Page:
Obedience Training Teaching Your Dog To Stay

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Obedience Training Teaching Your Dog To Stay

by Ashley D Bigham


Once your dog knows the ?sit? command, the next key component of training is to teach him what ?stay? means. The stay command teaches your dog that you are in control of his movements. If you want him to remain in a certain place while you answer the door, he needs to be taught that. This command can keep your dog out of a lot of trouble later in life. If he?s not supposed to get into something, telling him to stay so you can move the item may protect him from something harmful. Or if your dog sees something he wants to chase, the sit command alone may not hinder his pursuit enough, but ?stay? keeps him in place.

The primary reason that ?sit? or ?down? are abused is that your attention fades and the dog gets up. Sit or down becomes useless for the long term when your dog comes to know that all he has to do is wait a while before getting up on his own. Get rid of this ambiguity by teaching the stay command, which teaches him not to move until released no matter where you are or what?s going on around him.

Tell your dog to sit or down. Either will work, and both should be taught with the stay command. Don?t move away at first. Stand in front of the dog and delay the treat a few seconds before giving it to her. If your dog responds positively praise her. A straight hand in front of the dog?s nose can be used in combination with the verbal command. When you can get your dog to stay in place with you right there for about a minute with a delayed treat, you can start walking back. Give the command and take one step back. Wait a couple seconds and if your dog hasn?t budged, praise heavily and give the treat. Step randomly to the side also. Eventually you should be able to walk wherever you want for a few minutes without your dog moving.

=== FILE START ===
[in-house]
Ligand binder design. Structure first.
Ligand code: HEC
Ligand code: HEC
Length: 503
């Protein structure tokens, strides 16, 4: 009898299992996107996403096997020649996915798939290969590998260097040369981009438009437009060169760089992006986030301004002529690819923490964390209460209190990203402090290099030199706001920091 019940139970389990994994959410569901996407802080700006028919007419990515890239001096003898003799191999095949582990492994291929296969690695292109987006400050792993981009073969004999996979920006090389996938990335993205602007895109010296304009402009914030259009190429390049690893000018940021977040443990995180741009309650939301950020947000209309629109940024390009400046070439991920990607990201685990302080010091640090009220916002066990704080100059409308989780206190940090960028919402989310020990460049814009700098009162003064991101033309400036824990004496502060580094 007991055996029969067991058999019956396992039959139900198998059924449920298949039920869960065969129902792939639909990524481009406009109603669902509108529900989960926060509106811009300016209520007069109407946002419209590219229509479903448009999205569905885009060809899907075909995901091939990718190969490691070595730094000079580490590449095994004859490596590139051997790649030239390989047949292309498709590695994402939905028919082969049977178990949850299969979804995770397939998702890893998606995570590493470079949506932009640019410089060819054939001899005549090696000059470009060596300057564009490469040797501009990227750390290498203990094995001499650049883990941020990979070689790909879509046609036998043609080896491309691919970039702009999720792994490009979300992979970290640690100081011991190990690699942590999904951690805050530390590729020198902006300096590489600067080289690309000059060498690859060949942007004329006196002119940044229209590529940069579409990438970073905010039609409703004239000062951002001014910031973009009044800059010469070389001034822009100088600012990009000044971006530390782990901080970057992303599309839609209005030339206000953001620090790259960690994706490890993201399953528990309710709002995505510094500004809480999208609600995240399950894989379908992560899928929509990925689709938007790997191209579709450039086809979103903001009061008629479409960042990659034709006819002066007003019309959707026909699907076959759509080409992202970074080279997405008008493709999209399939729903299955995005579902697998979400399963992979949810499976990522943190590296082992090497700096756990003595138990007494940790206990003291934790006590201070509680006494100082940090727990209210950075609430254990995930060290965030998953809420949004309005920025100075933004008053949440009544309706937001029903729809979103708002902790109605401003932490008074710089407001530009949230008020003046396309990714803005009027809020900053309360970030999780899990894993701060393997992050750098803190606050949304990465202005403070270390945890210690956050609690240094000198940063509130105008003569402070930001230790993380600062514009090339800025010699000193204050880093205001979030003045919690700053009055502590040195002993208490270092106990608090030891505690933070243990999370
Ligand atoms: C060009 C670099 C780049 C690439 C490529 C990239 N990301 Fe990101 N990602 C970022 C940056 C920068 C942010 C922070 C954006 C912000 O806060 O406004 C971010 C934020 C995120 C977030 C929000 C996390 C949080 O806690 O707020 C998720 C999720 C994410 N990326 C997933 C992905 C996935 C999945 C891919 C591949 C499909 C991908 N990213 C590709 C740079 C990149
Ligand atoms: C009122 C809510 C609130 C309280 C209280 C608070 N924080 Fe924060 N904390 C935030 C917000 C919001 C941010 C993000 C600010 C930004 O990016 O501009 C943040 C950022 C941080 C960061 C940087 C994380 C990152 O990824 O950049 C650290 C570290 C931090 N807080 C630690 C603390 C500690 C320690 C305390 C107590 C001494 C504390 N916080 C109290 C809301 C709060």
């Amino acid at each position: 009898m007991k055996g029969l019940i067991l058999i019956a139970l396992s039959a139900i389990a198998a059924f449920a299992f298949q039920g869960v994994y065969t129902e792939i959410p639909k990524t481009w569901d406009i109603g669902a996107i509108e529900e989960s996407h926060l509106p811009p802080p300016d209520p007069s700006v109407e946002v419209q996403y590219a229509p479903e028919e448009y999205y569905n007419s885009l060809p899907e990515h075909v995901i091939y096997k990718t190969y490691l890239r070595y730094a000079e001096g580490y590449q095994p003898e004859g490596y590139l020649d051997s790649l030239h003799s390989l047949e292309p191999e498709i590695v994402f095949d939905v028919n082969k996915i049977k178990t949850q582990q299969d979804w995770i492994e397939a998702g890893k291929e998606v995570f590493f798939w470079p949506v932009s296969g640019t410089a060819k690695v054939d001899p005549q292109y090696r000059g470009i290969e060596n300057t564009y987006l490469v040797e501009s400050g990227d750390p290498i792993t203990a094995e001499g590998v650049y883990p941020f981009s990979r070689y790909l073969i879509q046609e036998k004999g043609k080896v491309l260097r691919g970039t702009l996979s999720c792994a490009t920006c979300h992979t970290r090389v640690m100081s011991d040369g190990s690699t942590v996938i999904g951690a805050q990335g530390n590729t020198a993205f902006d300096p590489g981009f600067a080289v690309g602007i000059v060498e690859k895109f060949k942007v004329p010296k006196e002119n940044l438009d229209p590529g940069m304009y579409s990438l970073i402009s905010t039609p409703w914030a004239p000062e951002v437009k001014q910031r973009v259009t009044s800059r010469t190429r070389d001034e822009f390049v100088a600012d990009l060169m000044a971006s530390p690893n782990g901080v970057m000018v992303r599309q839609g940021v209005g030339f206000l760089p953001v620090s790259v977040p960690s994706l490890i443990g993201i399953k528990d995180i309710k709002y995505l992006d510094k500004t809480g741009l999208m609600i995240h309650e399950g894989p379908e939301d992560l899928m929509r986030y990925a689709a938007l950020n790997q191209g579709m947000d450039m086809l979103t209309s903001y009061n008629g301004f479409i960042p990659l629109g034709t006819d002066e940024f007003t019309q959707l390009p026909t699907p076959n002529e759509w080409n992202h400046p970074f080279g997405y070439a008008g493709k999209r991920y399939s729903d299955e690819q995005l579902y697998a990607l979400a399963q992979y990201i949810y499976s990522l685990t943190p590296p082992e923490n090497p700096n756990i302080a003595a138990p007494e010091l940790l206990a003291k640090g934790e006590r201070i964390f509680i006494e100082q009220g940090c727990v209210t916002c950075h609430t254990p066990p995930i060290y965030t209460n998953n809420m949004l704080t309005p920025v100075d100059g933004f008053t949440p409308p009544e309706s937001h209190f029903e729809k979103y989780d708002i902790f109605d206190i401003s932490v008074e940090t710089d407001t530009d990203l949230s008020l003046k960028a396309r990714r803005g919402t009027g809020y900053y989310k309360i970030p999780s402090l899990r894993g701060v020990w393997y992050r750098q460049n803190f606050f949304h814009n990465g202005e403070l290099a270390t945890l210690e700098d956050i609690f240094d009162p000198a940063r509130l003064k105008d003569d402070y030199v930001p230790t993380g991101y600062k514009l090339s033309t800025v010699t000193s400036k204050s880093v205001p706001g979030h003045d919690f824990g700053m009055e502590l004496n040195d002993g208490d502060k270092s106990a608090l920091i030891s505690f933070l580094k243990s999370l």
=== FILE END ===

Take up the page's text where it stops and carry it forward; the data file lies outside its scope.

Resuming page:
In addition to teaching the command, you also need to teach the release command. When you give the release your dog can move, not before. Once your dog has mastered a basic stay without distractions and you still in sight, move to more advanced stays. Start small, but add distractions. Run in place, sit on the floor, clap your hands and walk around the dog, roll her favorite toy across the floor. As long as the command is followed by a reward and you increase only gradual you?re dog should have no problem learning this command. Don?t push your dog too fast.

Ashley writes on how to train your dog better and more efficiently. You can learn more by visiting Dog Training.



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